Palestinian president will not meet Pence in upcoming trip: foreign minister

Posted on: December 10th, 2017 by ABC News No Comments

Mark Wilson/Getty Images(WASHINGTON) — Palestinian President Mahmoud Abbas will not meet with U.S. Vice President Mike Pence during his upcoming trip to the Middle East because of the Trump administration’s decision to name Jerusalem as the capital of Israel, according to Palestine’s foreign minister.

Riyad al-Maliki said at the meeting of the Arab League in Cairo on Saturday that because of the decision, the U.S. has now “positioned itself as a party in a dispute and not as a mediator,” according to Al Jazeera.

Alyssa Farah, the vice president’s press secretary, said in a statement, “It’s unfortunate that the Palestinian Authority is walking away again from an opportunity to discuss the future of the region, but the Administration remains undeterred in its efforts to help achieve peace between Israelis and Palestinians and our peace team remains hard at work putting together a plan.”

President Donald Trump officially recognized Jerusalem as the capital of Israel last week and said the U.S. would begin the process of moving its embassy from Tel Aviv. The decision sparked protests and backlash across the Muslim world.

Protests have continued four days after the president’s speech with demonstrations on Sunday outside U.S. embassies in Beirut, Lebanon, and Jakarta, Indonesisa, where both countries have a majority of Muslims. The Beirut protests turned violent when security forces fired tear gas and water canons into the crowds.

In Jerusalem on Sunday, Israeli police said a Palestinian assailant stabbed a security guard at the city’s central bus station.

The Arab League is petitioning other countries to recognize East Jerusalem as the capital of a future Palestinian state. Palestinian President Abbas on Sunday visited Amman, Jordan, where he met with King Abdullah and said he was rallying international opposition to the U.S. decision.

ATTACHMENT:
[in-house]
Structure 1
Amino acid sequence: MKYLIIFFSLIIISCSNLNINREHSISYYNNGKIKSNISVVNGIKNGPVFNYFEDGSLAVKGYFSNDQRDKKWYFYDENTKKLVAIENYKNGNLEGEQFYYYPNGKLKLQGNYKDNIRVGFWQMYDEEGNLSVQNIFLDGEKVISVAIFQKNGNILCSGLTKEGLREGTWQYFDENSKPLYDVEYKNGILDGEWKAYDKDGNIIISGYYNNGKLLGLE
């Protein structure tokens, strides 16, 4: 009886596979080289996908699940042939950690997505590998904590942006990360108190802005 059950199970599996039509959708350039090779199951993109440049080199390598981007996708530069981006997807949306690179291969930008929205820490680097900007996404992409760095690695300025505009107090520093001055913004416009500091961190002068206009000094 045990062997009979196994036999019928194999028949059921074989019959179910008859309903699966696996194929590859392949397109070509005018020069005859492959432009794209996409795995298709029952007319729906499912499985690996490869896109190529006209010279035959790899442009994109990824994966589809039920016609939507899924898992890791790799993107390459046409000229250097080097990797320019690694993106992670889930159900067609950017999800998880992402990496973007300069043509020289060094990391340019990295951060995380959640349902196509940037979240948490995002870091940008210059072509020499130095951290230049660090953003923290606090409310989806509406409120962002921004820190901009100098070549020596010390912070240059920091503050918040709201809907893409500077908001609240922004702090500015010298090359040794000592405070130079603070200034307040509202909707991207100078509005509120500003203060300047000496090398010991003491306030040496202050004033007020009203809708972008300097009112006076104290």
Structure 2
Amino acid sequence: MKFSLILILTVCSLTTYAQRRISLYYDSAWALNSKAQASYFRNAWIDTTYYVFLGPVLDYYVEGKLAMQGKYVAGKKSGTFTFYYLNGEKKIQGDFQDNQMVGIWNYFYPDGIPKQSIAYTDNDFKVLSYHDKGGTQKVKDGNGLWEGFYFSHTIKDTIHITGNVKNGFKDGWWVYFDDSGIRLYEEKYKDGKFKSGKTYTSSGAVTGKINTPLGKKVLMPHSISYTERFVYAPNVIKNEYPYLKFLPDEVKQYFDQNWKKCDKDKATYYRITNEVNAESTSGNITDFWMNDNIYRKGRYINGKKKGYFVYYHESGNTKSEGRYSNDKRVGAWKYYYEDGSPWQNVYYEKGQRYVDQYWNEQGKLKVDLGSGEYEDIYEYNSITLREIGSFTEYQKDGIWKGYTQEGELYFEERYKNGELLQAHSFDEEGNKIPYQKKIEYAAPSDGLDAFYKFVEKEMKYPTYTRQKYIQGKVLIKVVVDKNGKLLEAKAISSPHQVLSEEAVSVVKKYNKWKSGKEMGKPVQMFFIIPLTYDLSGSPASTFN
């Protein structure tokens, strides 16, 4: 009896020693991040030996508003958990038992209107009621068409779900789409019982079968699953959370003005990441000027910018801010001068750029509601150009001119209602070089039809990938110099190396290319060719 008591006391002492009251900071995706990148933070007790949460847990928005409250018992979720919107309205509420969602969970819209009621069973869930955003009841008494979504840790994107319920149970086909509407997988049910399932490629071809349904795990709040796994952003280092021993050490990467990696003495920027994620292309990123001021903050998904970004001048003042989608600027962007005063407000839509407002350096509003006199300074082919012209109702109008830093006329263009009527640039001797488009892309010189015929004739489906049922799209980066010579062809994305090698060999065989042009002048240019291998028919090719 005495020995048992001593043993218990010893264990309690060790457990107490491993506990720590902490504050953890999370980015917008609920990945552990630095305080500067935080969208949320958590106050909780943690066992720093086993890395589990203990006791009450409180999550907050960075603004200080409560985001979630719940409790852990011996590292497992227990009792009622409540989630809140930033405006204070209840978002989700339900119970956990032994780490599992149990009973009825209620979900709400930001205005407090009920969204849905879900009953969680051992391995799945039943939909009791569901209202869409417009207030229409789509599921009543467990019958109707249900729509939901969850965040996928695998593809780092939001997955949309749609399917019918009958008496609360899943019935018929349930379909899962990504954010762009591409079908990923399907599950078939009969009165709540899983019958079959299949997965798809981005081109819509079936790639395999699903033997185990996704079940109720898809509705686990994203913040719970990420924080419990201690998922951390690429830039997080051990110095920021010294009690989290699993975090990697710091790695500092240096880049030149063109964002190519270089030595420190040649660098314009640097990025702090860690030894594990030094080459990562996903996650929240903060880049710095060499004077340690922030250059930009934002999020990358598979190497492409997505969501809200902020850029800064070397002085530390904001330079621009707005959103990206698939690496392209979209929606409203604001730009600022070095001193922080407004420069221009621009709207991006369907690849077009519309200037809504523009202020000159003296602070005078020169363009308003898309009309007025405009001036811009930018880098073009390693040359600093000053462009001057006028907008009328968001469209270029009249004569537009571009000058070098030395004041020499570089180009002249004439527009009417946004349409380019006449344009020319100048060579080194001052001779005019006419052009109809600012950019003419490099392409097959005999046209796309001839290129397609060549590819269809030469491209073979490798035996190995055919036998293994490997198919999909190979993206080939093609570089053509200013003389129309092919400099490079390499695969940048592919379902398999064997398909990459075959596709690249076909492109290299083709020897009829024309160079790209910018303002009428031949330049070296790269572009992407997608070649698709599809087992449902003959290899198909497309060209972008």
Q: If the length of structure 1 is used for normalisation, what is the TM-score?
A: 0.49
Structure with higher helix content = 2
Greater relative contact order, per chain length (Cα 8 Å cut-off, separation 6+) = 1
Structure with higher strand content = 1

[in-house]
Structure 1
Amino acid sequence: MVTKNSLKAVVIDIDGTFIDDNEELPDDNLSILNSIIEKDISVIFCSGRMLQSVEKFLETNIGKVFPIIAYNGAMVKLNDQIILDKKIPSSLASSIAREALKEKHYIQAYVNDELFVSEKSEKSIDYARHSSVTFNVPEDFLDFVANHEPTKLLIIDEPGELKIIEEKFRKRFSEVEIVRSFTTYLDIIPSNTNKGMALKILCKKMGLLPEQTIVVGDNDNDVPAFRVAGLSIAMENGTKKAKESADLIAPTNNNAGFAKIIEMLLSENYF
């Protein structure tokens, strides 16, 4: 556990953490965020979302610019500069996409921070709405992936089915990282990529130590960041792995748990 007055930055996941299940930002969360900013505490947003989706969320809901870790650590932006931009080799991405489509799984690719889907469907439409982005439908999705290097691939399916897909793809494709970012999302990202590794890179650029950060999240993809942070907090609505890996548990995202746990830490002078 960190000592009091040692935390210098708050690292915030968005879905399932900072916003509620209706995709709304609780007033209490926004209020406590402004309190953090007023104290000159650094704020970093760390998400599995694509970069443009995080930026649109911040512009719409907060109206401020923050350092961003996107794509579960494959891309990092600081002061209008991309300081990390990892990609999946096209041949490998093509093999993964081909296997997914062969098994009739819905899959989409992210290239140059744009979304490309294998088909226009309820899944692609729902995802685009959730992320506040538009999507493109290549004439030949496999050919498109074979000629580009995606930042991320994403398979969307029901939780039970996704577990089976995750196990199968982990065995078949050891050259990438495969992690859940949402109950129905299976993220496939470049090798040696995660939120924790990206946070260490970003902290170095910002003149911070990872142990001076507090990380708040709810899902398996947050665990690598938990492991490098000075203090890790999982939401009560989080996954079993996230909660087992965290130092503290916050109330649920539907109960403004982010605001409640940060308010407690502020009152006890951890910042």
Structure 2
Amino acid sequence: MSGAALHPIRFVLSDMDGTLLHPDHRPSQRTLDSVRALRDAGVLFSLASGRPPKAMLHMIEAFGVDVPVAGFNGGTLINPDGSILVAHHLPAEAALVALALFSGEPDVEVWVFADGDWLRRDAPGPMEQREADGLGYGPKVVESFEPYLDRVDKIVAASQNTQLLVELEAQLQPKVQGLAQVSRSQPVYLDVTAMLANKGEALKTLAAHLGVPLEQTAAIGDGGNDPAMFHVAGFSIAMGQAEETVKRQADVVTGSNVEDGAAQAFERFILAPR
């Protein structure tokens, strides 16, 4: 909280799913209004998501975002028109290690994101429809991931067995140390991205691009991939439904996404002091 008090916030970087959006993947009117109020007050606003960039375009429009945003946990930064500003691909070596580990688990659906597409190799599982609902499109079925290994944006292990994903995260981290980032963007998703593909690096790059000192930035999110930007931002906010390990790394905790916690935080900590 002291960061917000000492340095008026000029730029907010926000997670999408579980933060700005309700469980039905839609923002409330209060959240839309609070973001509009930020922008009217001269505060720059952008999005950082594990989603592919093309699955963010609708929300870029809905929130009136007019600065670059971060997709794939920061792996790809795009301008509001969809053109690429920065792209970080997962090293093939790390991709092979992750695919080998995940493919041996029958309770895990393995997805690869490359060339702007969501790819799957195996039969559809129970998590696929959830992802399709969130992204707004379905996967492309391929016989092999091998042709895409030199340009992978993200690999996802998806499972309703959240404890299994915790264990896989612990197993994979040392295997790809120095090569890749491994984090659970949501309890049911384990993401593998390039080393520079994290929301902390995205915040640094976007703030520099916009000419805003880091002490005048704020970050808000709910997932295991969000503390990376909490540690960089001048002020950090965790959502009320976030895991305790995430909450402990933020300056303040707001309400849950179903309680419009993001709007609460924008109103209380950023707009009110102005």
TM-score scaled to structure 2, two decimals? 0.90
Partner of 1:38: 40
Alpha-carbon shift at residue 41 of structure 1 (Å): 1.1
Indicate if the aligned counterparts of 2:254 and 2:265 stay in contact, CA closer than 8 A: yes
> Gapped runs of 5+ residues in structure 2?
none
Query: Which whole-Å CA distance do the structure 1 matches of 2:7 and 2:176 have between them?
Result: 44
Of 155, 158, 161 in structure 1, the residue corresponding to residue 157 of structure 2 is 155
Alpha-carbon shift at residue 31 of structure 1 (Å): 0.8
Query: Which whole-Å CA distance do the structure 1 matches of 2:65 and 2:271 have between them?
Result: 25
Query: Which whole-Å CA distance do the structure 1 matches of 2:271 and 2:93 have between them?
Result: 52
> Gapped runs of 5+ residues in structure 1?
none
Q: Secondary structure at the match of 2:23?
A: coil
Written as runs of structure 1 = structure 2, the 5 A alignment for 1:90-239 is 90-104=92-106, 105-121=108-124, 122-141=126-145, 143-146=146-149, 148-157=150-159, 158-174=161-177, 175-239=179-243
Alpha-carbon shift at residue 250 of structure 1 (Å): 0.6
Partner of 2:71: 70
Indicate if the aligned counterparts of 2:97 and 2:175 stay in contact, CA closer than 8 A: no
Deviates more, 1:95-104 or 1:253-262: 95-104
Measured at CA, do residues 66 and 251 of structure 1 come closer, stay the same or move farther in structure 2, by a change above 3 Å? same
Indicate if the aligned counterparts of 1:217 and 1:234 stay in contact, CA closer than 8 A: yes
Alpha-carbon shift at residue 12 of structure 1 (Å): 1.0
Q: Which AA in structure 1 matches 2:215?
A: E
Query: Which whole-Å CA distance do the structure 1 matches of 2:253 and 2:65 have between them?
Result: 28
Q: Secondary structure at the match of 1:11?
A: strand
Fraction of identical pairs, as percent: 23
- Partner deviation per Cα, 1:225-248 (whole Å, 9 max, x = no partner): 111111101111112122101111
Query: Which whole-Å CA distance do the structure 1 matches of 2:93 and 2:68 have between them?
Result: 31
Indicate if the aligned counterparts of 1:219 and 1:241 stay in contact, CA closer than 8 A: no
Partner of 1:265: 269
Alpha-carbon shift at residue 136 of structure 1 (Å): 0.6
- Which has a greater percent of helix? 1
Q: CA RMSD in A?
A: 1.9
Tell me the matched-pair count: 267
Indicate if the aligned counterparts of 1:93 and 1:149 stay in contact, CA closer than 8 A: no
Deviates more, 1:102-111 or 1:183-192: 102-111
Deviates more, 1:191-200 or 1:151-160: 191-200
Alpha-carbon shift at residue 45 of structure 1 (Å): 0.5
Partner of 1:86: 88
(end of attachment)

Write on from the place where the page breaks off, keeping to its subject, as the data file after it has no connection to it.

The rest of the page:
“We communicated with the entire world and fortunately there was a positive response from all the countries in the world, from Europe, and from Africa and countries close to America that don’t support the U.S. in this behavior,” Abbas said. “The world’s general opinion is very important. The actions taking place in the world now including the Arab region like Palestine, Jordan and others are very important. These all are messages to Trump that what he did is an unacceptable crime.”

Copyright © 2017, ABC Radio. All rights reserved.

Iraq declares victory over ISIS

Posted on: December 9th, 2017 by ABC News No Comments

iStock/Thinkstock(BAGHDAD) — Iraqi Prime Minister Haider al-Abadi has declared victory against ISIS after three years of war.

In an announcement in Baghdad on Saturday, the prime minister said Iraqi forces were in complete control of the Iraqi-Syrian border.

“Our enemy wanted to kill our civilization, but we have won through our unity and our determination,” Abadi said according to the BBC. “We have triumphed in little time.”

In January 2014, Iraq lost control of Fallujah and Ramadi to the Islamic State in Iraq and the Levant (ISIL). In June, the liberation of Mosul marked a turning point in Iraq’s war against ISIS.

U.S. State Department spokesperson Heather Nauert released a statement after the announcement, offering “congratulations to the Iraqi people and to the brave Iraqi Security Forces, many of whom lost their lives heroically fighting ISIS.”

Nauert added that the prime minister’s announcement “does not mean the fight against terrorism, and even against ISIS, in Iraq is over.”

“The United States, along with the Global Coalition to Defeat ISIS, will continue to partner with the Iraqi Security Forces, advising, training, and equipping them,” she said in the statement. “Together, we must be vigilant in countering all extremist ideologies to prevent the return of ISIS or the emergence of threats by other terrorist groups.”

Copyright © 2017, ABC Radio. All rights reserved.

Arab ministers demand reversal of Trump Jerusalem decision